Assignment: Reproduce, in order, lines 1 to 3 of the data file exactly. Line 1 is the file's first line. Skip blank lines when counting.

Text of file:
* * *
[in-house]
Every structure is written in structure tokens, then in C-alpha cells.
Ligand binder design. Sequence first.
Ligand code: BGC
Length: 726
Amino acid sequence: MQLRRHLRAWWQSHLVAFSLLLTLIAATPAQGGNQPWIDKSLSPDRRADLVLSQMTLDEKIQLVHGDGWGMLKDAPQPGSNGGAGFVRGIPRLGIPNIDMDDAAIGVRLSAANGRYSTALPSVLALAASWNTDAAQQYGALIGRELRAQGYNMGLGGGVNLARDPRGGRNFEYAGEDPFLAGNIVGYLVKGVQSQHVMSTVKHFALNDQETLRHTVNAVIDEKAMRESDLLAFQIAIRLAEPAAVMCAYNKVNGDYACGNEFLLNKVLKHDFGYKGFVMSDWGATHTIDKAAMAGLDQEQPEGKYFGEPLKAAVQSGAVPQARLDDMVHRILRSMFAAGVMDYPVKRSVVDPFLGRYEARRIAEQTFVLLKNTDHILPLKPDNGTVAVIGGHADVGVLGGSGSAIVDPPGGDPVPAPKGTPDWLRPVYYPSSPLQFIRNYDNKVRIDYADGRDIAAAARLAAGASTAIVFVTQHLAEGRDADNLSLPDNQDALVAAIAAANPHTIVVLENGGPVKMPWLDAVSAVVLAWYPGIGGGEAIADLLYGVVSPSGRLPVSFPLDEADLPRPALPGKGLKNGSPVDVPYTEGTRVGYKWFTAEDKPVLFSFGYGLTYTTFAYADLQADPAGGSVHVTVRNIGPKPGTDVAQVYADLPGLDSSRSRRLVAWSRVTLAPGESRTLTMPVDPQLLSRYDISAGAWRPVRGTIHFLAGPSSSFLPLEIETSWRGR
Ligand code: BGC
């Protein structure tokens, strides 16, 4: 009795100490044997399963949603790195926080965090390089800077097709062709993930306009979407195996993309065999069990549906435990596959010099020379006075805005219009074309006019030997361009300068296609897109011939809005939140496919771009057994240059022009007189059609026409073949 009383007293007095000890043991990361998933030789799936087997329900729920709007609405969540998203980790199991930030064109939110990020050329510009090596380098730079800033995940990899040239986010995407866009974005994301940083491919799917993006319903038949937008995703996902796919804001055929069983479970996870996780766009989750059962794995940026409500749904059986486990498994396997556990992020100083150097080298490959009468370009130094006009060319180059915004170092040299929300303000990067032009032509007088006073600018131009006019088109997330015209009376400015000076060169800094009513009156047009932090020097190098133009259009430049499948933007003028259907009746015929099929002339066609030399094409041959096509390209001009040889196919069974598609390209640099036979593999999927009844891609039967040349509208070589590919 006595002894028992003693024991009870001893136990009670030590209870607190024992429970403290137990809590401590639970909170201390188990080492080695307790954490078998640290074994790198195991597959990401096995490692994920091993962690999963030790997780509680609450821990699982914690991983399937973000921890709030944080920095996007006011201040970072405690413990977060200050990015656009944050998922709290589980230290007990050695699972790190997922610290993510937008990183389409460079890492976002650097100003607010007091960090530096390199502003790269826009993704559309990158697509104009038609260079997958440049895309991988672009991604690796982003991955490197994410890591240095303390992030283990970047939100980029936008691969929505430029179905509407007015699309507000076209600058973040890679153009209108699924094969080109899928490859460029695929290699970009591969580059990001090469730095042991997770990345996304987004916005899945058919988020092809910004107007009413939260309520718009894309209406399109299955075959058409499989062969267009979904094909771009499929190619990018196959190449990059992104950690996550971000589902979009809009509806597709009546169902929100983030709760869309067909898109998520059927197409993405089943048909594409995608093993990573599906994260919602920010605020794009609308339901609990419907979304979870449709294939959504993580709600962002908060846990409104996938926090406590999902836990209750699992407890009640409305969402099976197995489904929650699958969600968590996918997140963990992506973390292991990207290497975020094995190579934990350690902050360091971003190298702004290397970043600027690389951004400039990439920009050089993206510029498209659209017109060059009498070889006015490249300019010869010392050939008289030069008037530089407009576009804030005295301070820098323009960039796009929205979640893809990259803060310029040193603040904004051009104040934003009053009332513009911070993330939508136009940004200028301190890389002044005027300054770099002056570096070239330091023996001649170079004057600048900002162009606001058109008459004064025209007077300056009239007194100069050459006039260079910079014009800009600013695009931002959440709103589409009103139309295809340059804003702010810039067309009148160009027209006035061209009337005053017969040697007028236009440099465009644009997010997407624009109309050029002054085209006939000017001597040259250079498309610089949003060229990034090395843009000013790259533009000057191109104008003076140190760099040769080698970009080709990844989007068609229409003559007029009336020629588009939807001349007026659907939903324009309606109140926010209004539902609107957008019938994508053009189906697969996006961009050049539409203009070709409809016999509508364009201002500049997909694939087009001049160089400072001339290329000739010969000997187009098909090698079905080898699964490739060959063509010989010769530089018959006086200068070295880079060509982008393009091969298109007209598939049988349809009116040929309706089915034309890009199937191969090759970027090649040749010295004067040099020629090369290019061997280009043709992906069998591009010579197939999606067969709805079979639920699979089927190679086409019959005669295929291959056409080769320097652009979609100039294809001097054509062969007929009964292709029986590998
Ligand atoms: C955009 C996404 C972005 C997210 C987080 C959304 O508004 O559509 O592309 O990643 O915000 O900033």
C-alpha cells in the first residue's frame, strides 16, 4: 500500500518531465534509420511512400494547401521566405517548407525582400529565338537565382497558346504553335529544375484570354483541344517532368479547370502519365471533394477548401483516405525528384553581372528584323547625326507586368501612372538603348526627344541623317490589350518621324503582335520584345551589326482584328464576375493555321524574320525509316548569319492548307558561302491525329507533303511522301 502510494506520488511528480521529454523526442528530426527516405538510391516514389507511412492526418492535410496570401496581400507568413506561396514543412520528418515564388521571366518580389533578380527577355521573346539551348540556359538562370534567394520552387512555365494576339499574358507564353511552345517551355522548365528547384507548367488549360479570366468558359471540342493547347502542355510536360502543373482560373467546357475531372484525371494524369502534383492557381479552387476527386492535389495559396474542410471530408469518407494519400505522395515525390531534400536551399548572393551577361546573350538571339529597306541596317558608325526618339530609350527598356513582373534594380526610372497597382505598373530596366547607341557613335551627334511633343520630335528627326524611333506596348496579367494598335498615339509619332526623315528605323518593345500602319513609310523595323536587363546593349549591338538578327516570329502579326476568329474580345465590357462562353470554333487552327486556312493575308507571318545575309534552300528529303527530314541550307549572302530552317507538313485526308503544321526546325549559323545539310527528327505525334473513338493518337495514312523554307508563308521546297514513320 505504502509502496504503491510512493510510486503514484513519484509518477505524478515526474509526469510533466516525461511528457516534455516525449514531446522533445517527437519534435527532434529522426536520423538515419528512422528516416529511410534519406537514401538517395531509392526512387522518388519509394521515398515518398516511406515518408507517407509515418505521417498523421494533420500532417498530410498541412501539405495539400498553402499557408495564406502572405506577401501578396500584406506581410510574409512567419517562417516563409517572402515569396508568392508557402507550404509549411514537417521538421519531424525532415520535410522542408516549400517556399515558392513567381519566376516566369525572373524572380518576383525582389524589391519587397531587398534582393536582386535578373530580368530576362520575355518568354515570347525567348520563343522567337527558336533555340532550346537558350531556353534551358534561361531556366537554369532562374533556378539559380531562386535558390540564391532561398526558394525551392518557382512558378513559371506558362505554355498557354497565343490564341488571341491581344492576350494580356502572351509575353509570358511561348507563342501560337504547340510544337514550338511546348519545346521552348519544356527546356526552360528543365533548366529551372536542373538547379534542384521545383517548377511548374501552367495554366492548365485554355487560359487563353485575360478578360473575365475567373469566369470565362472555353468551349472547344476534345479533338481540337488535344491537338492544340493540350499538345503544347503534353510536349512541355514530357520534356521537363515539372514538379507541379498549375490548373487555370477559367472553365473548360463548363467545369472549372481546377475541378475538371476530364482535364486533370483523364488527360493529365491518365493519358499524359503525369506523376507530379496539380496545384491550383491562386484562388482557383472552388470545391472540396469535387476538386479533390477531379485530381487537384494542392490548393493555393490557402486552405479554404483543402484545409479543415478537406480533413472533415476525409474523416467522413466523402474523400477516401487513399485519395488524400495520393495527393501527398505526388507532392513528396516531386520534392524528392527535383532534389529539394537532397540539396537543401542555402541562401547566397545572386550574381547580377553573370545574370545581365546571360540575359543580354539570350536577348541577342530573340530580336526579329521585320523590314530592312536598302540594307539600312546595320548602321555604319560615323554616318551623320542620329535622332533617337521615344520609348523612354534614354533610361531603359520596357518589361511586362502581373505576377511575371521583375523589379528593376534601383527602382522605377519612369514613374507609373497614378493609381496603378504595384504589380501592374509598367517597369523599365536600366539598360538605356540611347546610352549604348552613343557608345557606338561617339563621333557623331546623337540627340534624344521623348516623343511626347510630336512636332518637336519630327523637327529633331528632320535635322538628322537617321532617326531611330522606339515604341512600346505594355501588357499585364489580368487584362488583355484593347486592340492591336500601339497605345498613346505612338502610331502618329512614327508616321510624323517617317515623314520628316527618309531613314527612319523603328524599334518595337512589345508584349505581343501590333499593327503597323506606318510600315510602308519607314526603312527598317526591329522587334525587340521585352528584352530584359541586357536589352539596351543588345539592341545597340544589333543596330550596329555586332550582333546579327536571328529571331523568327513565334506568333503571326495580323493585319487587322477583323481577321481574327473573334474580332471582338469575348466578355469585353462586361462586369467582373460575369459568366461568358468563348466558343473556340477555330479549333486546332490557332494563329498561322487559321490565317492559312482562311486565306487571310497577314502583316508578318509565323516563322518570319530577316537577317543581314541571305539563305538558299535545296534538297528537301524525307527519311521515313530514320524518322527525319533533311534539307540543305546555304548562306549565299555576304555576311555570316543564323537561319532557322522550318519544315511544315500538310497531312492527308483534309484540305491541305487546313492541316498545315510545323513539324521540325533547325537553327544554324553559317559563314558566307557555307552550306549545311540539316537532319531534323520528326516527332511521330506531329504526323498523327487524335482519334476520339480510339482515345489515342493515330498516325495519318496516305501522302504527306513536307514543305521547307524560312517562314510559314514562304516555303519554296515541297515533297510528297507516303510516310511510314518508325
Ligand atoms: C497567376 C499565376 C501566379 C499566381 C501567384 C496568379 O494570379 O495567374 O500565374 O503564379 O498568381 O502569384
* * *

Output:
[in-house]
Every structure is written in structure tokens, then in C-alpha cells.
Ligand binder design. Sequence first.